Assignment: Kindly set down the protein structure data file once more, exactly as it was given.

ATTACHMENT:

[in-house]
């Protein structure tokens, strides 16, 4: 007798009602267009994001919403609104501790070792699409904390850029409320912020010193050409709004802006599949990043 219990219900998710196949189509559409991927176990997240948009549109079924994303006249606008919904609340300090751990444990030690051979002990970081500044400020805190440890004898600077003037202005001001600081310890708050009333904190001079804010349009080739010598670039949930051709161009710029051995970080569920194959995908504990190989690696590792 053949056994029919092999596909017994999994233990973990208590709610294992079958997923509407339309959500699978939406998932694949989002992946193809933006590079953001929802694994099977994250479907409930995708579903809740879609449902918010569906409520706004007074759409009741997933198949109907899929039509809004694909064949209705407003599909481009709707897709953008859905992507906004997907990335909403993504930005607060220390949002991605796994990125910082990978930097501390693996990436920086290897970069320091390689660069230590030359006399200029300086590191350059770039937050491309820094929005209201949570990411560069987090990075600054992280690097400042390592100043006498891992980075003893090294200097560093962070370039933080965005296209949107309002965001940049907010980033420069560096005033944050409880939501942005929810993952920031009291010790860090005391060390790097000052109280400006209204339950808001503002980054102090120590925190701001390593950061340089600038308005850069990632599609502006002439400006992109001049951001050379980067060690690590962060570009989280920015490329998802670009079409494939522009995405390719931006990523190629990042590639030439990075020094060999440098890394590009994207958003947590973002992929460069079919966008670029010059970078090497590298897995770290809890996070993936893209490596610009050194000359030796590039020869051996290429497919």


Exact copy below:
[in-house]
């Protein structure tokens, strides 16, 4: 007798009602267009994001919403609104501790070792699409904390850029409320912020010193050409709004802006599949990043 219990219900998710196949189509559409991927176990997240948009549109079924994303006249606008919904609340300090751990444990030690051979002990970081500044400020805190440890004898600077003037202005001001600081310890708050009333904190001079804010349009080739010598670039949930051709161009710029051995970080569920194959995908504990190989690696590792 053949056994029919092999596909017994999994233990973990208590709610294992079958997923509407339309959500699978939406998932694949989002992946193809933006590079953001929802694994099977994250479907409930995708579903809740879609449902918010569906409520706004007074759409009741997933198949109907899929039509809004694909064949209705407003599909481009709707897709953008859905992507906004997907990335909403993504930005607060220390949002991605796994990125910082990978930097501390693996990436920086290897970069320091390689660069230590030359006399200029300086590191350059770039937050491309820094929005209201949570990411560069987090990075600054992280690097400042390592100043006498891992980075003893090294200097560093962070370039933080965005296209949107309002965001940049907010980033420069560096005033944050409880939501942005929810993952920031009291010790860090005391060390790097000052109280400006209204339950808001503002980054102090120590925190701001390593950061340089600038308005850069990632599609502006002439400006992109001049951001050379980067060690690590962060570009989280920015490329998802670009079409494939522009995405390719931006990523190629990042590639030439990075020094060999440098890394590009994207958003947590973002992929460069079919966008670029010059970078090497590298897995770290809890996070993936893209490596610009050194000359030796590039020869051996290429497919």